2. General Sharpening Tips
The secret to sharpening is consistency of angle on the abrasive surface and equal treatment on both sides of the blade (if applicable).
Every time you sharpen your knife, tool, or scissors you are removing metal from the blade.
Alternate sides often (if applicable).
Check your progress frequently.
Handle a sharpener with care to protect the surface of the sharpening components. Protect the surface during use and storage.
Use Sharpening fluid when sharpening with flat stones. Some people recommend sharpening dry and cleaning the sharpener as needed. We recommend always using a sharpening fluid no matter if the flat stone can be used wet or dry (i.e. diamond stones) because it keeps the pores of the sharpener clear and clean, dissipates frictional heat, and facilitates a smooth sharpening action. Always use a non-petroleum based honing solution or water to lubricate the stones. NOTE: Lubricant should always be used on a Natural Stone to avoid damaging the stone. Once you use oil on a natural, synthetic, or diamond stone, it is difficult to change back to using water. Treat the decision to use oil as a permanent one.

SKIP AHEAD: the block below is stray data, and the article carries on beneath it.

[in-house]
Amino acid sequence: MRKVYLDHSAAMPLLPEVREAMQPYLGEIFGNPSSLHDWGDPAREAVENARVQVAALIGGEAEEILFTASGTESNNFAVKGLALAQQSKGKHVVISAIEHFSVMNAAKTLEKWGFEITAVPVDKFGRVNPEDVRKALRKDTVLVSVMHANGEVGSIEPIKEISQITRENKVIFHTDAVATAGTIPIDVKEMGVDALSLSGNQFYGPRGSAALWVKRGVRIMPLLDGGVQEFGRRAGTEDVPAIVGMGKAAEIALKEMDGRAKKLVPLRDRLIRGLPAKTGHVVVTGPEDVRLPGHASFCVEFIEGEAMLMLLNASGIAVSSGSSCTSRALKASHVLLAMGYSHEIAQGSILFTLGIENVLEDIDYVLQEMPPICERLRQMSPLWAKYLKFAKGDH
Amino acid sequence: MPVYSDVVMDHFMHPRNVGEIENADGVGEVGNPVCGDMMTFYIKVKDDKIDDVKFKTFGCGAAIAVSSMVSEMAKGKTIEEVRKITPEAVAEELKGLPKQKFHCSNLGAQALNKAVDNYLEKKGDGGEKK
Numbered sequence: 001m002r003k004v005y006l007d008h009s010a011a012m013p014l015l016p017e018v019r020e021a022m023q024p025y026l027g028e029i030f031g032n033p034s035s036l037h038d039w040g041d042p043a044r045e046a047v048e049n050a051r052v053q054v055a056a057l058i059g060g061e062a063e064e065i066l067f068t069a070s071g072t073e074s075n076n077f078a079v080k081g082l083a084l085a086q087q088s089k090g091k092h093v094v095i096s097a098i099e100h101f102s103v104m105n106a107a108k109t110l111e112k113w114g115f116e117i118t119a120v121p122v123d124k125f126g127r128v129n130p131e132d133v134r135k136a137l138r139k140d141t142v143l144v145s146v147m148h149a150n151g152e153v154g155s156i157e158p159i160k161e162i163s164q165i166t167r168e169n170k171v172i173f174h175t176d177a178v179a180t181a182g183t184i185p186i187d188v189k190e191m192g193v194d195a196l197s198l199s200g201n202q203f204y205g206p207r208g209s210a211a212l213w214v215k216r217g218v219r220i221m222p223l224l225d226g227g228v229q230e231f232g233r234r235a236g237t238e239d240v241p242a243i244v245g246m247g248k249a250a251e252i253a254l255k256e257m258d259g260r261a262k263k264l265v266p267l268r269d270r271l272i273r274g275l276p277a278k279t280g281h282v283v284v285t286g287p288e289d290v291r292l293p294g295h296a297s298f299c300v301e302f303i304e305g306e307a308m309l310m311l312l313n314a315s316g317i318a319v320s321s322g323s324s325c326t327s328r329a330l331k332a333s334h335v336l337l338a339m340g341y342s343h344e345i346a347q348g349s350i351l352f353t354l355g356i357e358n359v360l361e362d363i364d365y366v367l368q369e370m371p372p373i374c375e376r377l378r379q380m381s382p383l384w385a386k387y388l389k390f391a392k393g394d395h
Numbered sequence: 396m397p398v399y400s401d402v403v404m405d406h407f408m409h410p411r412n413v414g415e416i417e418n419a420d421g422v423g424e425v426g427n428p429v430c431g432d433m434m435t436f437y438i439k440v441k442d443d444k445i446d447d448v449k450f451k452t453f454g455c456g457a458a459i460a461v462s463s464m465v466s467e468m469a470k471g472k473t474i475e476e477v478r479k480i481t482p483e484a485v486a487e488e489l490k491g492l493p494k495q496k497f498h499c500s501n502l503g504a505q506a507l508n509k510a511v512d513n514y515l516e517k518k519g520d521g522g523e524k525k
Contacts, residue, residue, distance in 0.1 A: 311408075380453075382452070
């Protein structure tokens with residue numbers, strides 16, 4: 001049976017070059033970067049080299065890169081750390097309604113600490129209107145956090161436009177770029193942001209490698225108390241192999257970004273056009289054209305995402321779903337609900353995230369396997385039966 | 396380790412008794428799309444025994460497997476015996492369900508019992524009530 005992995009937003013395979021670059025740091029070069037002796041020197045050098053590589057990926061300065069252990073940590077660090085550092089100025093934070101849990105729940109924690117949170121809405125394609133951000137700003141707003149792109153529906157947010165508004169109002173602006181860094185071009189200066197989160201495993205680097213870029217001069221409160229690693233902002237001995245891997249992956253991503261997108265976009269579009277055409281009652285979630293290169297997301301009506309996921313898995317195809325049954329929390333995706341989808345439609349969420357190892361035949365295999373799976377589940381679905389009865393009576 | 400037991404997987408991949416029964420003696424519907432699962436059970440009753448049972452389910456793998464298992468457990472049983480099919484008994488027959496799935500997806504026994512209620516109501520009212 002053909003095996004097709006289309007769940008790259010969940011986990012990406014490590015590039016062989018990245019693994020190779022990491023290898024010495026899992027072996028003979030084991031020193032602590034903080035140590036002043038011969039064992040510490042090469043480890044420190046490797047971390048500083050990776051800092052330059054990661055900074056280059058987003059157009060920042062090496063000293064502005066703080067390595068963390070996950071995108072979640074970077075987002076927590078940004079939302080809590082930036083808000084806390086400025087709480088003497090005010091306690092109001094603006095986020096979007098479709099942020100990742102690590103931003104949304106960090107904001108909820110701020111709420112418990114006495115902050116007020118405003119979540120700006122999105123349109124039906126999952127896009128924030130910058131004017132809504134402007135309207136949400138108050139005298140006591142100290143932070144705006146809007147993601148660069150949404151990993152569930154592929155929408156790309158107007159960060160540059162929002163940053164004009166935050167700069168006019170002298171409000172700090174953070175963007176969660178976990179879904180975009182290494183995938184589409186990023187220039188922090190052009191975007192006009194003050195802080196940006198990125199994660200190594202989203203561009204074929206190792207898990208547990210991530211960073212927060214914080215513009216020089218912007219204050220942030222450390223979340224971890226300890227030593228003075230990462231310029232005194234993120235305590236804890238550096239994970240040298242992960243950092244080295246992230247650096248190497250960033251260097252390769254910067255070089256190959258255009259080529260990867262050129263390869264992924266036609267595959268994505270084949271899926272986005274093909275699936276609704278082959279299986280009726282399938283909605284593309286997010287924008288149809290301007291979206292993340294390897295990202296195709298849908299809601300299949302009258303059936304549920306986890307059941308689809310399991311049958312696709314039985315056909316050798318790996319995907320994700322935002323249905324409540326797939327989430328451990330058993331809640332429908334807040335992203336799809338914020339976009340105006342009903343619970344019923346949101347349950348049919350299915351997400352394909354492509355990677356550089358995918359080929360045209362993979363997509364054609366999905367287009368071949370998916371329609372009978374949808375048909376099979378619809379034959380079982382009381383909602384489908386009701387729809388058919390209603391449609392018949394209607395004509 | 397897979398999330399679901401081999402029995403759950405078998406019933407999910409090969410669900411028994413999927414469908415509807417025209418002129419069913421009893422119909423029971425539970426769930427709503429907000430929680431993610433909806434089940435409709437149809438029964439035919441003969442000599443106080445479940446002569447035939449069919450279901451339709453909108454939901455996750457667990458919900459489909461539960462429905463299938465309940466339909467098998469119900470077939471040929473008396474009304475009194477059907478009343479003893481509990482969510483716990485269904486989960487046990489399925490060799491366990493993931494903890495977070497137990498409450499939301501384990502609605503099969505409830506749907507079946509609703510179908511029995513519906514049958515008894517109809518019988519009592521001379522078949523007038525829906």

Use enough to keep a visible layer of fluid on the stone while you are sharpening. When the pool gets murky, pat or lightly wipe up with a rag and add fresh fluid. After every use, use a little extra fluid and wipe the sharpener clean and dry after use. After 3 or 4 uses, we suggest cleaning your stone with soapy water and a mild brush to eliminate debris build-up (swarf). Glossy grey streaks are an indicator of debris build-up. An old toothbrush works great for scrubbing the stones.
Practice sharpening on a cheap knife. If you’re worried about damaging your good knives, find a cheap knife to practice on the first time you try to sharpen.
Sharpen regularly. Regular sharpening may involve only fine-tuning the edge, but infrequent sharpening may require much more work to restore the edge. Sharpen the edge as soon as you notice it’s not working as well as it should. If you attend to the edge soon enough, it shouldn’t take much to bring the edge back to sharp.
Keep your sharpener where you use your knives (shop, tackle box, kitchen). You will be more inclined to sharpen a dulled edge as soon as you notice it if there is a sharpener handy.
Reverse or replace your abrasive materials when possible to ensure a proper sharpening process.